First is Tom Critchlow, who went solo in late 2014 after two years at Google New York. When asked how he got his first consulting clients, Tom said that his first leads came from direct referrals from a friend:
“Since that first lead I’ve gotten about 80% of my clients through referrals from my direct network,” he shared. “I’d definitely emphasize the importance of a strong network and ensuring that you’re communicating with your network often to keep them up-to-date with what work you’re doing.”
Next I chatted with Michael King, who has since built his agency iPullRank into an industry powerhouse, and asked him how he got his first clients when he left the NYC agencies he worked for. To get his first, he shared that thought leadership played a huge role:
“My first two clients came through two different methods of thought leadership. One came via a post I’d written for Moz about content strategy, and the other came from a panel I spoke on. Overnight, I went from 0 to 10.5K MRR.”
If this is you, then congratulations. In my mind, you’re finding nirvana in a lot of ways.
Solo consultants with more years of direct consulting experience are able to charge good hourly rates and monthly minimums from clients, according to my data.
Once a consultant has survived the initial push to get new clients, the journey is far from over. In fact, many solo consultants have come up against this and gone through droughts where they were between projects.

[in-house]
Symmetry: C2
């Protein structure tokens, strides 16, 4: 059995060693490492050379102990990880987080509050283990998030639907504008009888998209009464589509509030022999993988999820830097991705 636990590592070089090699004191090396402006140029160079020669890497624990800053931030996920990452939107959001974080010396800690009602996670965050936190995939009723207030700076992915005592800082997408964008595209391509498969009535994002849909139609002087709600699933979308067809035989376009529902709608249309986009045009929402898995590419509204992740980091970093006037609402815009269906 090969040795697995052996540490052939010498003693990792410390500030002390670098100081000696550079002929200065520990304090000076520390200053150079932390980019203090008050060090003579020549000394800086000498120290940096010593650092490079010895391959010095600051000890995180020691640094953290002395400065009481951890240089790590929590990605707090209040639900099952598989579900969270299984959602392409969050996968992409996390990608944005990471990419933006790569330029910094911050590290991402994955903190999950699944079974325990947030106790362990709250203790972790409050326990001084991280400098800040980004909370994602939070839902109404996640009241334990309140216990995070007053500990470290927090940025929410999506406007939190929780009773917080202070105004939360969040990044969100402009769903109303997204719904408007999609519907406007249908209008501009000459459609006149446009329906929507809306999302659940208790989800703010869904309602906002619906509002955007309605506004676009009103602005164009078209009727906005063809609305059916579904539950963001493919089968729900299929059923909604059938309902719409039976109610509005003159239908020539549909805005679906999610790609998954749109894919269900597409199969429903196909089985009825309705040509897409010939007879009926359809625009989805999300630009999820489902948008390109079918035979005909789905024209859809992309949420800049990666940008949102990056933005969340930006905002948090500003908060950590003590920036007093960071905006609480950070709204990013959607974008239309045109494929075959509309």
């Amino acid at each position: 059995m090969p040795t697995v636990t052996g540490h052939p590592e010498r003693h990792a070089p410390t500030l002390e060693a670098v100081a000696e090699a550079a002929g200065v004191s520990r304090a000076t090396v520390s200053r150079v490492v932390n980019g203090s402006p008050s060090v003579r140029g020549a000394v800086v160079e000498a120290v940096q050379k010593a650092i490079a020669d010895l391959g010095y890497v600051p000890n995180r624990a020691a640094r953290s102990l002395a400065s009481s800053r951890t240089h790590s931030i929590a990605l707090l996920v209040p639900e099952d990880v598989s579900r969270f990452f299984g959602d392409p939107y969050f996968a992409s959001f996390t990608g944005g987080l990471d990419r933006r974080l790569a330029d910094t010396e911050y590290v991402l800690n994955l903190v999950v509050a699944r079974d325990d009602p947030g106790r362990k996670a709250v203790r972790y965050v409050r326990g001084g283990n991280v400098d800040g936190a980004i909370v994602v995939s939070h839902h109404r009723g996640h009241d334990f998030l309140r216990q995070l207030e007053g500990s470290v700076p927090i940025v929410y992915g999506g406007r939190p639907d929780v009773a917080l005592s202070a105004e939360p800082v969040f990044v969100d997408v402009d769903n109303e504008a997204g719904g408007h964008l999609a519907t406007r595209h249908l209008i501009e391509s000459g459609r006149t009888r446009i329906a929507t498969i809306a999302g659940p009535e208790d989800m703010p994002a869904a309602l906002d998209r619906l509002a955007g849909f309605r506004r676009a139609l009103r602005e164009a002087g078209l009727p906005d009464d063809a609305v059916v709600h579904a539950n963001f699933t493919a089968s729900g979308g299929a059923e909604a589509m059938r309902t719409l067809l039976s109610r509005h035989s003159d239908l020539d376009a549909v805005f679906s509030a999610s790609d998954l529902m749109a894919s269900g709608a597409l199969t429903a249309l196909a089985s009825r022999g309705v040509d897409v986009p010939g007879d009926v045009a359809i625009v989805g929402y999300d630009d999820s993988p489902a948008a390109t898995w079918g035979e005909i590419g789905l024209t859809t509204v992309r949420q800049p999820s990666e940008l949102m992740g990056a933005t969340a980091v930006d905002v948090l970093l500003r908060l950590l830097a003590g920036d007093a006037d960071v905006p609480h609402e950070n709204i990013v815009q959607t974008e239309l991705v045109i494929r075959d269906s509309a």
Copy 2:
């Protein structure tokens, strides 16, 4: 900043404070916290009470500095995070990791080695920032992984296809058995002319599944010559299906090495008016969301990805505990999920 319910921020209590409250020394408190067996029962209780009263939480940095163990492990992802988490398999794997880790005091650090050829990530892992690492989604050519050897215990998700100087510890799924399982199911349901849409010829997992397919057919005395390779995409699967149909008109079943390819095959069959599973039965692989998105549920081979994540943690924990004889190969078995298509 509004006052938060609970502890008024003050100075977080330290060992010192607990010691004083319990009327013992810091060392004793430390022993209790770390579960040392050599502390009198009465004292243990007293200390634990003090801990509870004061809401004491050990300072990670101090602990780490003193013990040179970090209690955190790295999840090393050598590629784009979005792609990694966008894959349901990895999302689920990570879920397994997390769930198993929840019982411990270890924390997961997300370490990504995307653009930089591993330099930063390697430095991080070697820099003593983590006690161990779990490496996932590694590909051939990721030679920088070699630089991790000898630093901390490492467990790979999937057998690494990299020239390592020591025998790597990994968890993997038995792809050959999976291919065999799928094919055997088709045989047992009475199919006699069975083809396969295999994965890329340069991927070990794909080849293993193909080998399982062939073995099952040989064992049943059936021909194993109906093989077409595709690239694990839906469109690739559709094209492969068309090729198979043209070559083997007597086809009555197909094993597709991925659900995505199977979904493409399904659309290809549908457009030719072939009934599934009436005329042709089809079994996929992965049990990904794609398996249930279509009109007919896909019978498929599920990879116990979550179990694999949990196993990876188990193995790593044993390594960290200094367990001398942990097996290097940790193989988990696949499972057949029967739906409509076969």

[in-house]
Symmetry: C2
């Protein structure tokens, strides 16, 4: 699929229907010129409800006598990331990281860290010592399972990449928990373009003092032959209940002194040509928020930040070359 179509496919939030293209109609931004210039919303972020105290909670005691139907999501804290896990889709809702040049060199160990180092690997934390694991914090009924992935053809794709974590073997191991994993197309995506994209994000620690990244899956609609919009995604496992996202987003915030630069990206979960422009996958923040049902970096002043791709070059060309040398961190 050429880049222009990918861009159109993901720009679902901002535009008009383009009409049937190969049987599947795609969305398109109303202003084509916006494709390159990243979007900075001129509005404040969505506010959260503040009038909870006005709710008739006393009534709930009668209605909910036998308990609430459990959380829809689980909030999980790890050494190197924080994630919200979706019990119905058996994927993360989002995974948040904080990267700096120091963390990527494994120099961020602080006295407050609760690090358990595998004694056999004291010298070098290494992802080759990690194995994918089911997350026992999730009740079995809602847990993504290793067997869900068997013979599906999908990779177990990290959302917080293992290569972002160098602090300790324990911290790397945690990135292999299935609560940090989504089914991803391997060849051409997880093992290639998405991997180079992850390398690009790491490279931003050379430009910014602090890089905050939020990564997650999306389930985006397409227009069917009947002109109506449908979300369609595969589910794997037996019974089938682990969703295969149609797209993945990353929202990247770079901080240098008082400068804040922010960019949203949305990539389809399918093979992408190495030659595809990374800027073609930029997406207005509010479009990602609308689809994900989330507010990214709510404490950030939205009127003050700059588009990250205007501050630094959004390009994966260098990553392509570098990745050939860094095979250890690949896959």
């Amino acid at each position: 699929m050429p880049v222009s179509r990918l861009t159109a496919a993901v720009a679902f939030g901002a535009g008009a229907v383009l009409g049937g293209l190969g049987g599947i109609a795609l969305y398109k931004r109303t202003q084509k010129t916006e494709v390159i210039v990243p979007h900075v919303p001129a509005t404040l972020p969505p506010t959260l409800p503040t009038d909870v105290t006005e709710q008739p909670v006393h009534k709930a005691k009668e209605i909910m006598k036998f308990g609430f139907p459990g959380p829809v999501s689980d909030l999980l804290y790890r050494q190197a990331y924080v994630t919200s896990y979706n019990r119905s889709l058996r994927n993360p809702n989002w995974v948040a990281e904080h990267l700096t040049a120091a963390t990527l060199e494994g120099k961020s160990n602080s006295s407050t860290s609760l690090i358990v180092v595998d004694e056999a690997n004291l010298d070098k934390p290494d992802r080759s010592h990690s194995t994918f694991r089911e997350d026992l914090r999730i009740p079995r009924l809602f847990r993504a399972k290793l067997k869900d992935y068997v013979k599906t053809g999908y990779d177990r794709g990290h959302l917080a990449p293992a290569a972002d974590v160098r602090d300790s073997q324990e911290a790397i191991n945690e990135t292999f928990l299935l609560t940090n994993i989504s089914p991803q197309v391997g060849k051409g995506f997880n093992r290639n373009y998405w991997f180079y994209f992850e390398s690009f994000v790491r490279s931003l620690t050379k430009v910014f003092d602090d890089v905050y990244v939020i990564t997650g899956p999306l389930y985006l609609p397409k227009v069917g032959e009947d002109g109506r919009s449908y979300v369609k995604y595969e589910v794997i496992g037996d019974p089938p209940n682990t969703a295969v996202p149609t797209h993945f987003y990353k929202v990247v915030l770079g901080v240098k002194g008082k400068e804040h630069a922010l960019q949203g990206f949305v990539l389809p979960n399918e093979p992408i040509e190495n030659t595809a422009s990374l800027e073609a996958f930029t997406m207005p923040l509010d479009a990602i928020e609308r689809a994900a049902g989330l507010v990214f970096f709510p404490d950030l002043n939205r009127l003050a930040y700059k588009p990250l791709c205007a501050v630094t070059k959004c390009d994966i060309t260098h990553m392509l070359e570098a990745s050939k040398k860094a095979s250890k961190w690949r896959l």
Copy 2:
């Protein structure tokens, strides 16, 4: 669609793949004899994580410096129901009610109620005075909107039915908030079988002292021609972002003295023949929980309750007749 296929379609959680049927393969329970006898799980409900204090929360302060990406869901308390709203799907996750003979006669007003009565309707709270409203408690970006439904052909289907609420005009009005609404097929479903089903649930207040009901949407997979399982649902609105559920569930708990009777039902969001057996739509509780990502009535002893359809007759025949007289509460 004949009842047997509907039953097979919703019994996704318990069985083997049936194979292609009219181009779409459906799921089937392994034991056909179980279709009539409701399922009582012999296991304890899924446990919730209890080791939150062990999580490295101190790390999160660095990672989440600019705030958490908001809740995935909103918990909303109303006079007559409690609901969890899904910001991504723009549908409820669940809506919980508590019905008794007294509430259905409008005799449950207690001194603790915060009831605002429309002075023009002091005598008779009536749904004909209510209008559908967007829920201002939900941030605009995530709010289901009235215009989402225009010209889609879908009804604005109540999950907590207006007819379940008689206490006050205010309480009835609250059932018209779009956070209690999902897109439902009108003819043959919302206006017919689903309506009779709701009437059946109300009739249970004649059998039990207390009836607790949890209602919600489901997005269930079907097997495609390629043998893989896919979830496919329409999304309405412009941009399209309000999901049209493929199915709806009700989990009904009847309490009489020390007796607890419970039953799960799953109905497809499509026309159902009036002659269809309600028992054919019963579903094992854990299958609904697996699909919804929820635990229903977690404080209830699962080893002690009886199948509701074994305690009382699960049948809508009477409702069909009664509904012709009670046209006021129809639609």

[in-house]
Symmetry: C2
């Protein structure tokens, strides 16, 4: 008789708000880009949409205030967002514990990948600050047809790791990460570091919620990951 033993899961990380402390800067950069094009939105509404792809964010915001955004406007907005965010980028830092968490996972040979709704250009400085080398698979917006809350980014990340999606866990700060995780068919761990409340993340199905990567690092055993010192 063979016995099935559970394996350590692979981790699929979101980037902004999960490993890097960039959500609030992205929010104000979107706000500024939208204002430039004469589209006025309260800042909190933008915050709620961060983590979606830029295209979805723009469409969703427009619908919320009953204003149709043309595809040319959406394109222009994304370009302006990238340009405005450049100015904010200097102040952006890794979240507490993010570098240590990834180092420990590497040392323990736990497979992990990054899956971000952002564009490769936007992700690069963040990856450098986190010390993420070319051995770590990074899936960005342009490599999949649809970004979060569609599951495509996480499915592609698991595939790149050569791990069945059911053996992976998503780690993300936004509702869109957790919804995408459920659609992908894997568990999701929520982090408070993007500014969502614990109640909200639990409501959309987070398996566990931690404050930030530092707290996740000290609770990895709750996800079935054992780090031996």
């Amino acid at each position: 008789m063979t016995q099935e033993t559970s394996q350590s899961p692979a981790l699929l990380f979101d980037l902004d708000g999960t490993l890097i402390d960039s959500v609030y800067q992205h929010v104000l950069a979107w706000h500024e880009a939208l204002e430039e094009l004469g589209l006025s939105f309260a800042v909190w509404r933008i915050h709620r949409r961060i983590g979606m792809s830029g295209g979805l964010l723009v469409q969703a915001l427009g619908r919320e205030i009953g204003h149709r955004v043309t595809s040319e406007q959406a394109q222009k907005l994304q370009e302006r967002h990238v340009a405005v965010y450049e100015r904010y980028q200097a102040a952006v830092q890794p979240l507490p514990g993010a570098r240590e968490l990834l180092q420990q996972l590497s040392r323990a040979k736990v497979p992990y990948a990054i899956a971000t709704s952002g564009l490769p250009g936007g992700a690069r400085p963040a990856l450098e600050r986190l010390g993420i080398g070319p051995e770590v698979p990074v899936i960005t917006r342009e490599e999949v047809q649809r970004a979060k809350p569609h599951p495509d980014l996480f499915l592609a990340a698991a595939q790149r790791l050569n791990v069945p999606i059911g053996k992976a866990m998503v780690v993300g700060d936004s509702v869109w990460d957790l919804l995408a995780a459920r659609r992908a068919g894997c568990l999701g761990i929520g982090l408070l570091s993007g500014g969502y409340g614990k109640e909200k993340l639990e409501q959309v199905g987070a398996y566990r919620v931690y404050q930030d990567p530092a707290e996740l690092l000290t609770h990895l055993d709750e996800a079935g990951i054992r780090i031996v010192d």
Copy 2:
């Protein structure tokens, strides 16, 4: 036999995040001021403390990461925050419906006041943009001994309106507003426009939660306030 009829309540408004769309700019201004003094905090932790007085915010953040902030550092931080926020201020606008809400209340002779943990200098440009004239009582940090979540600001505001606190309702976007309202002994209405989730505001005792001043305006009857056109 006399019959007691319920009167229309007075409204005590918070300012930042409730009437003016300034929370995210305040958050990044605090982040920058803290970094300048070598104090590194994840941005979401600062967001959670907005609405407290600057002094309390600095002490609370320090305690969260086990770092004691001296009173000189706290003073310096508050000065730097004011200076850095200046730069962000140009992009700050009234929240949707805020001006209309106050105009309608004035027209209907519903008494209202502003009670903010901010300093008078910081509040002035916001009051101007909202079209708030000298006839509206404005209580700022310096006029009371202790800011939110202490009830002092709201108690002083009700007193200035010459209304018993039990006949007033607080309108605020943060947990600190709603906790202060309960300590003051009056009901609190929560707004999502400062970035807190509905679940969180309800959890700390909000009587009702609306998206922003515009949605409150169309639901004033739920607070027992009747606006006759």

This brings up the question: How can solo consultants, who can only realistically bring on a limited number of clients before they become too numerous, keep a strong potential client pipeline?
The answer is usually to tightly define your niche and then, depending on your niche, to build processes to deliver high quality work.
High-touch strategic consulting does not scale. It also does not have to scale if you charge a high hourly rate ($300/hr for strategic consulting that drives large revenue increases is not crazy, and may even be too low), in which case you can work with just a few clients and still create a great income for yourself.
When you’ve defined your niche, whether affiliate marketing driven by content or local SEO for realtors, then you put together the strategy to reach them.
This should go without saying, but if you’re asking how to define your niche, then you aren’t ready to be a highly paid solo consultant yet. Hone your craft and discover who you love to do work for, then go serve those customers on your own.
Once your niche is defined, you can focus on that group.